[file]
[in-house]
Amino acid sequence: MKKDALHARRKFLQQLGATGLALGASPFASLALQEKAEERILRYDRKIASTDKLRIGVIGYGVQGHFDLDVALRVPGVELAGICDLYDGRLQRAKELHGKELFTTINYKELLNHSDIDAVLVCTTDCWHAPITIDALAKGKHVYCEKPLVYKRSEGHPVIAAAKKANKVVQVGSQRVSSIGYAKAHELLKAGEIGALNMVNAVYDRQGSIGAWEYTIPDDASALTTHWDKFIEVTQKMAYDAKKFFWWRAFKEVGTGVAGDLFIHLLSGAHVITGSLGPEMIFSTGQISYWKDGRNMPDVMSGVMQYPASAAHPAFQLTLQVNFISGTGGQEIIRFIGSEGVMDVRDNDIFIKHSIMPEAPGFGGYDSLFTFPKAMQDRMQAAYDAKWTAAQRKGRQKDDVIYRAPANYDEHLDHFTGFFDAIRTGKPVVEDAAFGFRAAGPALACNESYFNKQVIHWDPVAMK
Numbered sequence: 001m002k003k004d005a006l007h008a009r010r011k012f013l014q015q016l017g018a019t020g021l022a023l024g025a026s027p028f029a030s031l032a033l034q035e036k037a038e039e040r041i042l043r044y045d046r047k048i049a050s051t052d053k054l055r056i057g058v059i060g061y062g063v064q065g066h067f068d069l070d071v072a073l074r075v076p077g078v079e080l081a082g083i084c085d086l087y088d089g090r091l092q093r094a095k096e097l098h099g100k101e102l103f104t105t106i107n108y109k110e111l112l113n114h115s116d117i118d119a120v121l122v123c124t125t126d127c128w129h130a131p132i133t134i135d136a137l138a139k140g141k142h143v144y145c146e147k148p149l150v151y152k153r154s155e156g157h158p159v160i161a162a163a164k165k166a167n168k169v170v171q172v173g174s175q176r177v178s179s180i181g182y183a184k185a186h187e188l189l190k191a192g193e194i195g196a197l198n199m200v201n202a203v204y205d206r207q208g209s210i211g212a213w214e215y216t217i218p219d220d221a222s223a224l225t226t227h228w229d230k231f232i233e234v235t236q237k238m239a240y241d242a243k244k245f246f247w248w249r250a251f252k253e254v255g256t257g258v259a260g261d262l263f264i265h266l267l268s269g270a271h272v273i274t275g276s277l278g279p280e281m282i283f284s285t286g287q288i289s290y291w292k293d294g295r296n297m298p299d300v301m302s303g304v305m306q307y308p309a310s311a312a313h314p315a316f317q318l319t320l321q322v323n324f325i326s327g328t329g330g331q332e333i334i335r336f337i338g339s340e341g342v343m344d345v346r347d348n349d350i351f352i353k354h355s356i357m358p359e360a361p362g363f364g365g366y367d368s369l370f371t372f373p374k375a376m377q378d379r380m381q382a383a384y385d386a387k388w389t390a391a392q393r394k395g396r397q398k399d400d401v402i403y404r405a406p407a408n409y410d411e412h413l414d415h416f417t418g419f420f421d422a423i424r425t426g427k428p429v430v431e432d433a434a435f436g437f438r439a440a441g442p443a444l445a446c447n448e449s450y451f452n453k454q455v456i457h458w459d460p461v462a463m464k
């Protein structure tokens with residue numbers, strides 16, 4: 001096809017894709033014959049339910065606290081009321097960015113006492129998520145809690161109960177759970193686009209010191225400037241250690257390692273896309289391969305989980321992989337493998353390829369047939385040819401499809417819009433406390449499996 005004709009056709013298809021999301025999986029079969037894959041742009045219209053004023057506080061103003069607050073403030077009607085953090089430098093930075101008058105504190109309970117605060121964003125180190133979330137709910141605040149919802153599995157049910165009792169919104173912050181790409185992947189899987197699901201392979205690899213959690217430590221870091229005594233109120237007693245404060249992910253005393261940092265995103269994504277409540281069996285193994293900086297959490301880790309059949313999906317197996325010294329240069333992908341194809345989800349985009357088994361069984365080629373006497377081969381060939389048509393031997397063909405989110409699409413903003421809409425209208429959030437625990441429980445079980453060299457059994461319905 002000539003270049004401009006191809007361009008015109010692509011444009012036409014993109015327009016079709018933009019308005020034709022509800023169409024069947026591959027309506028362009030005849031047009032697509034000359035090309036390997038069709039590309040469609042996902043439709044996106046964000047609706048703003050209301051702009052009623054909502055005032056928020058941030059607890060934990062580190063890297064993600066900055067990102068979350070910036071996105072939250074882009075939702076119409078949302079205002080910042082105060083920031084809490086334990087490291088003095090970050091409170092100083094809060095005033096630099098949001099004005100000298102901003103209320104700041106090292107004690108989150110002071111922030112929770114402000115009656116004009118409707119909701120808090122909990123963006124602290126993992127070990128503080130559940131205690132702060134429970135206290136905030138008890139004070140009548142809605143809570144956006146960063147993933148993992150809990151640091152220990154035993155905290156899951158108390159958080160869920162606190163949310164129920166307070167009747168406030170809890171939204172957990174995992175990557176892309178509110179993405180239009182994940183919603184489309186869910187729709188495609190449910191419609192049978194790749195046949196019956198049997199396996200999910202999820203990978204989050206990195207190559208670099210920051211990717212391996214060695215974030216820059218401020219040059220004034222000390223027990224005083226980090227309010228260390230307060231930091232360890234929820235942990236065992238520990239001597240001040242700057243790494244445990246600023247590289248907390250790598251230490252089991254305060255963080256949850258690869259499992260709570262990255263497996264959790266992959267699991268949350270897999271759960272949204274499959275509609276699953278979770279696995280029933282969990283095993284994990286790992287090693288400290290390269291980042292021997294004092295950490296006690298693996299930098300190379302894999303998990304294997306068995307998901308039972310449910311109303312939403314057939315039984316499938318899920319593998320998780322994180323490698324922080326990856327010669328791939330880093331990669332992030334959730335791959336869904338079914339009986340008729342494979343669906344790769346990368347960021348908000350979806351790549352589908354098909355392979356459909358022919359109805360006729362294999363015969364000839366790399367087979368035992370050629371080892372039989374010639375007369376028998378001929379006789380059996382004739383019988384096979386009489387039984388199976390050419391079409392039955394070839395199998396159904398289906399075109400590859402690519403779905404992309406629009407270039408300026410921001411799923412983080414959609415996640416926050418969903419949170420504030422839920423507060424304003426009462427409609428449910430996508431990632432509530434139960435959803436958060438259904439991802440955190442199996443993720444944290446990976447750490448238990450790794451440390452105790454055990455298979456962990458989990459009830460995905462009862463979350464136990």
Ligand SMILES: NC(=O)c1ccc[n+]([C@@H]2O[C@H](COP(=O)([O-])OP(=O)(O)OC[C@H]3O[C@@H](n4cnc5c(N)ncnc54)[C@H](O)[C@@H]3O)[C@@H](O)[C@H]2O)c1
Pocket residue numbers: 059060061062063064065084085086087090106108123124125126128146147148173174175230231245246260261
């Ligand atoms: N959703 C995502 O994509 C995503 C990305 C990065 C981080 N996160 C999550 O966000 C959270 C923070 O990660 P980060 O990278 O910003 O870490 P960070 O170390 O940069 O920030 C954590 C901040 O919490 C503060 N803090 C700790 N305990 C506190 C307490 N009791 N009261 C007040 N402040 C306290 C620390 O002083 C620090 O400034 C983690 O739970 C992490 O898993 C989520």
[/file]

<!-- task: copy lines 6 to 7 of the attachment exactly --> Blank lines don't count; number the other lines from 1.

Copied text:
Pocket residue numbers: 059060061062063064065084085086087090106108123124125126128146147148173174175230231245246260261
């Ligand atoms: N959703 C995502 O994509 C995503 C990305 C990065 C981080 N996160 C999550 O966000 C959270 C923070 O990660 P980060 O990278 O910003 O870490 P960070 O170390 O940069 O920030 C954590 C901040 O919490 C503060 N803090 C700790 N305990 C506190 C307490 N009791 N009261 C007040 N402040 C306290 C620390 O002083 C620090 O400034 C983690 O739970 C992490 O898993 C989520």